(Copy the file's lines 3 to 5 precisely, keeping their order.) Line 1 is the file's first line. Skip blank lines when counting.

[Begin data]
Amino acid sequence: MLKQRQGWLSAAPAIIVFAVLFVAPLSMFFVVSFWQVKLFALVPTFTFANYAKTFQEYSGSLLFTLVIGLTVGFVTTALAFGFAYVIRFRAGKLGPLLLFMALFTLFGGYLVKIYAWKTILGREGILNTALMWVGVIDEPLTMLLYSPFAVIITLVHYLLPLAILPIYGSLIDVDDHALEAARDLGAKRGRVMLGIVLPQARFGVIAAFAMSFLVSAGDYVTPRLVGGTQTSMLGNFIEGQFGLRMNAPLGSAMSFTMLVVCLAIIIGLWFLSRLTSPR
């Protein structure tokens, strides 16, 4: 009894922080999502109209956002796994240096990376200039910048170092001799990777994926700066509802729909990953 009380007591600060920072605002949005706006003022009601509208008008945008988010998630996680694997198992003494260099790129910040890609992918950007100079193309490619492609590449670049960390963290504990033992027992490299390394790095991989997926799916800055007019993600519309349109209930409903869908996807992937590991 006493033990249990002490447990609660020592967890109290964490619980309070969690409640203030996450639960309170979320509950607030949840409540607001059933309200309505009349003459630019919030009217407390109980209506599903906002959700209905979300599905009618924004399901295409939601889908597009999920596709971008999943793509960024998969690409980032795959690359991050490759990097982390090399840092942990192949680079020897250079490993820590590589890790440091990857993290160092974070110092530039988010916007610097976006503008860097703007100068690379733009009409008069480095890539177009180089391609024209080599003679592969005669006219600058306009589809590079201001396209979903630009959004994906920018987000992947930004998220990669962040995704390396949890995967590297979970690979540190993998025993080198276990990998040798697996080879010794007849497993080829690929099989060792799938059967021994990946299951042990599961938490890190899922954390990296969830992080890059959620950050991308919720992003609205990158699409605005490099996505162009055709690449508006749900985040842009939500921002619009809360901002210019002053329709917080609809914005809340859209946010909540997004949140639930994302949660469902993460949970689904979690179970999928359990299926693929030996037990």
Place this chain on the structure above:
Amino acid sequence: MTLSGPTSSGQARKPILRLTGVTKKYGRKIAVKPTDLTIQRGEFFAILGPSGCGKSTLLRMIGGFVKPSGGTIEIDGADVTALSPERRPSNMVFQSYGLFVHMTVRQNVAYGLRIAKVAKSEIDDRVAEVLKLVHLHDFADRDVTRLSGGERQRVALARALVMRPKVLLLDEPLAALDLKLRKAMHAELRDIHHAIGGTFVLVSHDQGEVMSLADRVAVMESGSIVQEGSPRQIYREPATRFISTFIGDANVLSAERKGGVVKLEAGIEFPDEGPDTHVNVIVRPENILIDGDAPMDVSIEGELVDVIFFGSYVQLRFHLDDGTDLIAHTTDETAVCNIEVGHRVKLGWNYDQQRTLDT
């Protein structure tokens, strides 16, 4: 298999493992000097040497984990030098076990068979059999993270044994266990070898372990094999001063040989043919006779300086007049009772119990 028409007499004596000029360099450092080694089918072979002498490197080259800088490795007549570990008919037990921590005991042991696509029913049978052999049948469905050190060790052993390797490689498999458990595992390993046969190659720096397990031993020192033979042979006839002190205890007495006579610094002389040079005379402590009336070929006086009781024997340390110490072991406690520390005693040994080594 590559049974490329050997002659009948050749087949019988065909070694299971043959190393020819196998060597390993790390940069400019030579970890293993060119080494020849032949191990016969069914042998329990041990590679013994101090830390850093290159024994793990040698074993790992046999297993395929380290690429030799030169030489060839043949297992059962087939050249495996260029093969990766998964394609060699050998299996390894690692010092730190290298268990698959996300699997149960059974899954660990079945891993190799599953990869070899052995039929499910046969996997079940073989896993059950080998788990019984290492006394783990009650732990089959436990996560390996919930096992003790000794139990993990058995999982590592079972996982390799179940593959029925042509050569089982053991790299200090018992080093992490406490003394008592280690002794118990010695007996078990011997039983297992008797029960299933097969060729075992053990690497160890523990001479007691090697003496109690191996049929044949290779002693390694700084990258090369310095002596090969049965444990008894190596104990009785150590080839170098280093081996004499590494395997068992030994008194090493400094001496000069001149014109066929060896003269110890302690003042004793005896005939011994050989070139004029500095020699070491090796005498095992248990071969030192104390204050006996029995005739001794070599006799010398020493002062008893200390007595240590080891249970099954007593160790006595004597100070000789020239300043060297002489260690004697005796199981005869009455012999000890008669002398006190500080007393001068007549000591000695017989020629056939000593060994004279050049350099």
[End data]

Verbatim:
Place this chain on the structure above:
Amino acid sequence: MTLSGPTSSGQARKPILRLTGVTKKYGRKIAVKPTDLTIQRGEFFAILGPSGCGKSTLLRMIGGFVKPSGGTIEIDGADVTALSPERRPSNMVFQSYGLFVHMTVRQNVAYGLRIAKVAKSEIDDRVAEVLKLVHLHDFADRDVTRLSGGERQRVALARALVMRPKVLLLDEPLAALDLKLRKAMHAELRDIHHAIGGTFVLVSHDQGEVMSLADRVAVMESGSIVQEGSPRQIYREPATRFISTFIGDANVLSAERKGGVVKLEAGIEFPDEGPDTHVNVIVRPENILIDGDAPMDVSIEGELVDVIFFGSYVQLRFHLDDGTDLIAHTTDETAVCNIEVGHRVKLGWNYDQQRTLDT
């Protein structure tokens, strides 16, 4: 298999493992000097040497984990030098076990068979059999993270044994266990070898372990094999001063040989043919006779300086007049009772119990 028409007499004596000029360099450092080694089918072979002498490197080259800088490795007549570990008919037990921590005991042991696509029913049978052999049948469905050190060790052993390797490689498999458990595992390993046969190659720096397990031993020192033979042979006839002190205890007495006579610094002389040079005379402590009336070929006086009781024997340390110490072991406690520390005693040994080594 590559049974490329050997002659009948050749087949019988065909070694299971043959190393020819196998060597390993790390940069400019030579970890293993060119080494020849032949191990016969069914042998329990041990590679013994101090830390850093290159024994793990040698074993790992046999297993395929380290690429030799030169030489060839043949297992059962087939050249495996260029093969990766998964394609060699050998299996390894690692010092730190290298268990698959996300699997149960059974899954660990079945891993190799599953990869070899052995039929499910046969996997079940073989896993059950080998788990019984290492006394783990009650732990089959436990996560390996919930096992003790000794139990993990058995999982590592079972996982390799179940593959029925042509050569089982053991790299200090018992080093992490406490003394008592280690002794118990010695007996078990011997039983297992008797029960299933097969060729075992053990690497160890523990001479007691090697003496109690191996049929044949290779002693390694700084990258090369310095002596090969049965444990008894190596104990009785150590080839170098280093081996004499590494395997068992030994008194090493400094001496000069001149014109066929060896003269110890302690003042004793005896005939011994050989070139004029500095020699070491090796005498095992248990071969030192104390204050006996029995005739001794070599006799010398020493002062008893200390007595240590080891249970099954007593160790006595004597100070000789020239300043060297002489260690004697005796199981005869009455012999000890008669002398006190500080007393001068007549000591000695017989020629056939000593060994004279050049350099």